Spleen is a large organ, located in the upper left part of the stomach, protected by ribs. It is about a size of your fist. Spleen contains specialized cells called as macrophages that fight against the foreign bodies.
Various causes for spleen enlargement include bacterial, viral, and parasitic infections of liver, blood diseases, and cancers.
Functions of Spleen
- Stores and filters blood
- Supplies blood during emergency case like cuts
- Protects body against infections
- Produces lymphocytes, a type of white blood cells that fight against disease causing organisms
- Destroys worn out and damaged red blood cells and platelets
The Most commonly observed condition is splenomegaly.
Splenomegaly is an enlargement of spleen without causing any symptoms. Sometimes the symptom can be mistaken for some other condition
The symptoms of enlargement include abdominal pain, hiccups, unable to have a large meal, weakness, fatigue, frequent infections, and severe bleeding..
Your doctor can diagnose by physical examination. But in some cases, ultrasonography or computed tomography (CT) scan is required to ensure the spleen enlargement.
Splenectomy is the surgical removal of spleen, a large organ located in the upper left part of the stomach that contains macrophages, specialized cells that fight against the foreign bodies. Splenectomy is indicated in splenomegaly, a condition of enlarged spleen. Patients with splenomegaly may or may not exhibit the symptoms and will be diagnosed by the physicians by physical examination or radiological diagnosis. The common symptoms include abdominal pain, hiccups, unable to have a large meal, weakness, fatigue, frequent infections, and severe bleeding.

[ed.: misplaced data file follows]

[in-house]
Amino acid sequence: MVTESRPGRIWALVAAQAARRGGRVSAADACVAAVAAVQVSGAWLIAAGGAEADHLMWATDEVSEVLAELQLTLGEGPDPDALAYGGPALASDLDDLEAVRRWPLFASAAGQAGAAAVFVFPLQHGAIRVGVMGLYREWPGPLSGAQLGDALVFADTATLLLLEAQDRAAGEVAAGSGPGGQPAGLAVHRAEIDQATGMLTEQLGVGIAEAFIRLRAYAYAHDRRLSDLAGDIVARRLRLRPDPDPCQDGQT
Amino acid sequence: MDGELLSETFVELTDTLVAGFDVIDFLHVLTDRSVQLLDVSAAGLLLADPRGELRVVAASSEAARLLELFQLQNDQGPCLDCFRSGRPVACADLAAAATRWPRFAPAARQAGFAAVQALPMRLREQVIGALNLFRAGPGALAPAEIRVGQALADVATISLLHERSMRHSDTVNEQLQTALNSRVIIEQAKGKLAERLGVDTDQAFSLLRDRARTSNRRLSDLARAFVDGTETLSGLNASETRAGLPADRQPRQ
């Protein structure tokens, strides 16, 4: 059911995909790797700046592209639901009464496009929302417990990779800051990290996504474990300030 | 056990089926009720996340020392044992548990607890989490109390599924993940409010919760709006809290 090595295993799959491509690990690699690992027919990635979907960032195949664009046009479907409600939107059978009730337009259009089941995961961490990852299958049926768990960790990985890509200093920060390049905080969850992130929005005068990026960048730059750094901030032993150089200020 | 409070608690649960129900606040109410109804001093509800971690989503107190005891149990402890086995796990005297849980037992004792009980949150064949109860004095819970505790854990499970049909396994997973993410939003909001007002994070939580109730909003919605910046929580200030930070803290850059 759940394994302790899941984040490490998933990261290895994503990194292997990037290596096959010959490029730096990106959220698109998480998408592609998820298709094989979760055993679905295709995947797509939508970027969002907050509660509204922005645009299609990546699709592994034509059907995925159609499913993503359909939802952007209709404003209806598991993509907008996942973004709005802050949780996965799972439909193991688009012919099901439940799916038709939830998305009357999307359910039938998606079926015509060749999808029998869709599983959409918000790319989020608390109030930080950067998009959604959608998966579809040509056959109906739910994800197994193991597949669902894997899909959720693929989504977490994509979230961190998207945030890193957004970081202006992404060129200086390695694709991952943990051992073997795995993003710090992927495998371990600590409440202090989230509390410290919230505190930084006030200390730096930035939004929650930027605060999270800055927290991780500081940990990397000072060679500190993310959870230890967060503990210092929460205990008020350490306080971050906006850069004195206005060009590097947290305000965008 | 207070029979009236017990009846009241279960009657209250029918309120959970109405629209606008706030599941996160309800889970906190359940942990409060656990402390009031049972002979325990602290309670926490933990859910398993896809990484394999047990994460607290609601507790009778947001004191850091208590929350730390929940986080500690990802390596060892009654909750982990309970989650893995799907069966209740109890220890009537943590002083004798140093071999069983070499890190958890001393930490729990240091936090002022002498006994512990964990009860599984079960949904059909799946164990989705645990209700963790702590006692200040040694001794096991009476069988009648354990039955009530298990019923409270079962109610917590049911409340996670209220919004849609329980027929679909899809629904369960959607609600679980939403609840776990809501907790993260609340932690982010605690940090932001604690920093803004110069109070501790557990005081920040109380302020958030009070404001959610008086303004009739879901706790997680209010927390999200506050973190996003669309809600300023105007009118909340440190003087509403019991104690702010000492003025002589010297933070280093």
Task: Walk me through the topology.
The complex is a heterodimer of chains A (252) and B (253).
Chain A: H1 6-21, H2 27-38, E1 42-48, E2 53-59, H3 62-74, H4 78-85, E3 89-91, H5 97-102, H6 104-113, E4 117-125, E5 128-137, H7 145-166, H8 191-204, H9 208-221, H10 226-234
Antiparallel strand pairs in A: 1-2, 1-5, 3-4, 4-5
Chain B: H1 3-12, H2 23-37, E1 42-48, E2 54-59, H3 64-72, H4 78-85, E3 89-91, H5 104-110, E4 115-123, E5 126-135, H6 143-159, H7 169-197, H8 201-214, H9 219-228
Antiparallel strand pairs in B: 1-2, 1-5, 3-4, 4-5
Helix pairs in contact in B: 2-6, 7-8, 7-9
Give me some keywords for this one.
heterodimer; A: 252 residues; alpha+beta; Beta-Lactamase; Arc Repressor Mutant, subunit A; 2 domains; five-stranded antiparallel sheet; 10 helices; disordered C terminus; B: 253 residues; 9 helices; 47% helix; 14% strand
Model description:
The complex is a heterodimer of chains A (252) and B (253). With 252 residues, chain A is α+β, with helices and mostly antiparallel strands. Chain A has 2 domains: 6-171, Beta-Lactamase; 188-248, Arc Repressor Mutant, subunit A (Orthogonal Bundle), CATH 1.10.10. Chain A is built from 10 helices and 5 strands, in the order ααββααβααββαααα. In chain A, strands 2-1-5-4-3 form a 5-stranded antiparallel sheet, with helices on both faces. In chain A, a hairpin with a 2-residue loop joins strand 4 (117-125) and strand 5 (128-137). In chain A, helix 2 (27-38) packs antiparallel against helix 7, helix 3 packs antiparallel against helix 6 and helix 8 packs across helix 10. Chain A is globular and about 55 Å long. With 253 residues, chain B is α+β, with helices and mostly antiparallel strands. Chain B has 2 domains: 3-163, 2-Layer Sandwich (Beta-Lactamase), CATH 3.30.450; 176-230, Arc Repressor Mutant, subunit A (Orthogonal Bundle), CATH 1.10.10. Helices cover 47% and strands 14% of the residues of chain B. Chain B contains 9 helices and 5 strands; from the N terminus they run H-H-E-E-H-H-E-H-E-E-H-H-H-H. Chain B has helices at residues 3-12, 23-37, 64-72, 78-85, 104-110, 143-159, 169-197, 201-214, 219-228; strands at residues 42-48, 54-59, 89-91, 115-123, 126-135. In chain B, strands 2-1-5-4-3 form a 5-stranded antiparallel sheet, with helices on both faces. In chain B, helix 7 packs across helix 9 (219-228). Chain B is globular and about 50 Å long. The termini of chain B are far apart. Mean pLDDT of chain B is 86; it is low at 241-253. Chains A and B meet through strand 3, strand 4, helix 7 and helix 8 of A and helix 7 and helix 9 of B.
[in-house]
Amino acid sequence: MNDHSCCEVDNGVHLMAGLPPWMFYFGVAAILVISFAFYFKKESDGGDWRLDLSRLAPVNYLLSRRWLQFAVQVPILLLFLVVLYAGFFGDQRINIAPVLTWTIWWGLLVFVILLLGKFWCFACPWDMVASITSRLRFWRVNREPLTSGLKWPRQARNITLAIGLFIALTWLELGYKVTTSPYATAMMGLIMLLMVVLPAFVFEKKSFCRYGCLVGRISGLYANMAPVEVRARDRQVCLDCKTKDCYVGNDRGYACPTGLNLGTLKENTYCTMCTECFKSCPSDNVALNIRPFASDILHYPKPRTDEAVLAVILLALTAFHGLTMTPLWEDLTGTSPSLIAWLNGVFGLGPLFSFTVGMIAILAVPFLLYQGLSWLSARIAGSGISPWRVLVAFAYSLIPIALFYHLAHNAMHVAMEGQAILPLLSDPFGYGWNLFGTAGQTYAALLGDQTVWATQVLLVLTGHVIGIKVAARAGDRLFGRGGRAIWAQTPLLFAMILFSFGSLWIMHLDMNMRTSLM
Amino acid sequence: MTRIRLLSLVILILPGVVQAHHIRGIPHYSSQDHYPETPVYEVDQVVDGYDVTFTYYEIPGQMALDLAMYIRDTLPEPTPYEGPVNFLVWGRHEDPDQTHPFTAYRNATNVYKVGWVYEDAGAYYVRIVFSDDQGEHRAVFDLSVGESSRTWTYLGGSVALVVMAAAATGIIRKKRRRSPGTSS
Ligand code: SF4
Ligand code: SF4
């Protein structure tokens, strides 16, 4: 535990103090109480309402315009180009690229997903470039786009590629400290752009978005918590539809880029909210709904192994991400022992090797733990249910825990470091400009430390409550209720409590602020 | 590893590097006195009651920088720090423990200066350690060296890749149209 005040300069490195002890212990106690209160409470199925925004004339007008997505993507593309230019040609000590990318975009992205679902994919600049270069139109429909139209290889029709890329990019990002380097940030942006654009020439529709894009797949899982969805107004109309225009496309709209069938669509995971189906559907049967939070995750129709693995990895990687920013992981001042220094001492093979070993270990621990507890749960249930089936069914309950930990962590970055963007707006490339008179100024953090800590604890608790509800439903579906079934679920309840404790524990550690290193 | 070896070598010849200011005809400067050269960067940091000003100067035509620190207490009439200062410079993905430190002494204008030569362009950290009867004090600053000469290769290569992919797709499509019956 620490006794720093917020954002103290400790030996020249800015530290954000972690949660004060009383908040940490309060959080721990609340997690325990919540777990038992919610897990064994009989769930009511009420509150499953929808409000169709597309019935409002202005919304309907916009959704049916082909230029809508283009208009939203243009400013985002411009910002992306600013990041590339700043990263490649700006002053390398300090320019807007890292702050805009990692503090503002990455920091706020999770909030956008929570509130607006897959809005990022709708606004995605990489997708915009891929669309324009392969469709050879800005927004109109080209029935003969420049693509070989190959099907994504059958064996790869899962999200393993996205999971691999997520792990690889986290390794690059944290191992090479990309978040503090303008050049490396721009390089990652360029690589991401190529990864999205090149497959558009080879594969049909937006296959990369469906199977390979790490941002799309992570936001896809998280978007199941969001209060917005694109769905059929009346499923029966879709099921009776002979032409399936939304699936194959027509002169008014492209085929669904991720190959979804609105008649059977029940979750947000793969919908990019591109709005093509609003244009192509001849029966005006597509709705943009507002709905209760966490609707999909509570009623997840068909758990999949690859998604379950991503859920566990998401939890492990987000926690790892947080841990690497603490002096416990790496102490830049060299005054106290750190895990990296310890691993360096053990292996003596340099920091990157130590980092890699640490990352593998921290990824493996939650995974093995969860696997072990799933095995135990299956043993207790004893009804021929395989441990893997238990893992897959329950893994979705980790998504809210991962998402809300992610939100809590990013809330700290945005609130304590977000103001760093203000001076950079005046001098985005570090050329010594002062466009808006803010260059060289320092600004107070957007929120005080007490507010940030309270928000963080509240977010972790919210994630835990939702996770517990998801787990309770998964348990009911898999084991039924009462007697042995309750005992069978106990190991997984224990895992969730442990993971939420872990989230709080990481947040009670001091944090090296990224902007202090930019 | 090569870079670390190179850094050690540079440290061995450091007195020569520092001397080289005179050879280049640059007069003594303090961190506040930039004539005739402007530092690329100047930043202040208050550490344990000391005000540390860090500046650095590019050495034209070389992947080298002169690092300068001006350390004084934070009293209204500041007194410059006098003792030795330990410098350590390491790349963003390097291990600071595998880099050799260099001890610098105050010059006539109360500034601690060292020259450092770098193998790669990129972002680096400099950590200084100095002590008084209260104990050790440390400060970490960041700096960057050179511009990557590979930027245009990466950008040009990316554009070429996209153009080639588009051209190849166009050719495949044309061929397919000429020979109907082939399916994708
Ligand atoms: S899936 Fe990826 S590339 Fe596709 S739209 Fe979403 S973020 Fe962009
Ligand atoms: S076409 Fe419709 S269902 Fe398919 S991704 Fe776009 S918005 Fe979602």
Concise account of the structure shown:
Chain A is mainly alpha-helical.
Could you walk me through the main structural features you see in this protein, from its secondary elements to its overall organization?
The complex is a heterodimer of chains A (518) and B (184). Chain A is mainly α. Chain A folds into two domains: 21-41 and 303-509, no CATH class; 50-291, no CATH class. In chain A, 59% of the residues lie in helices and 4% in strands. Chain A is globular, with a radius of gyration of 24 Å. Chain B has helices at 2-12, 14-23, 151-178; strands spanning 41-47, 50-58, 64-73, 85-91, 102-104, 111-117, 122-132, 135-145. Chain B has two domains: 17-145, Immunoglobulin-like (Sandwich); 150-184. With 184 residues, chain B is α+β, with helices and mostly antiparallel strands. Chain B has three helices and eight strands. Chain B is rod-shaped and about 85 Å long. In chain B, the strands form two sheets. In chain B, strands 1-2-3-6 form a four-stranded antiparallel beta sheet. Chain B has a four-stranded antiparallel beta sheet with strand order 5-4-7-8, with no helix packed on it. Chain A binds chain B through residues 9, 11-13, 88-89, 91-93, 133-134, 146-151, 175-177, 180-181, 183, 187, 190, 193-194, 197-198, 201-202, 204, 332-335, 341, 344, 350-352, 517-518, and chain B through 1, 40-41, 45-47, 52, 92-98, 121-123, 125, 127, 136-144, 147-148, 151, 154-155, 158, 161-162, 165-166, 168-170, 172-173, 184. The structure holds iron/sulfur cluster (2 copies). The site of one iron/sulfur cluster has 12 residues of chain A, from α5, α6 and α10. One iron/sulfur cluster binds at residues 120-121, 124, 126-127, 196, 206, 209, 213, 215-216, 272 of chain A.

Splenectomy may be performed by open surgery or laparoscopic procedure.
Open Splenectomy: It is a surgical procedure to remove the spleen where the spleen is enlarged and damaged. It is performed under general anesthesia. A large cut is made in the middle or on the left side of the abdomen, below the ribs. The blood vessels are tied. surgeon removes the spleen and the incisions are stitched after checking for bleeding.
Laparoscopic Splenectomy: It is performed under general anesthesia. It uses a laparoscope, an instrument with a tiny camera and a light at the end. Three to four incisions are made on the abdomen, and the laparoscope is inserted through one of the incisions. The laparoscope allows viewing the area on a bigger screen. Other surgical instruments are inserted through the other incisions. Gas is pumped to expand the abdomen to give more space to work. Spleen is removed using the laparoscope and other instruments. The small incisions are stitched.
Some of the complications may include, but are not limited to bleeding, wound infection, pneumonia, and injury to other structures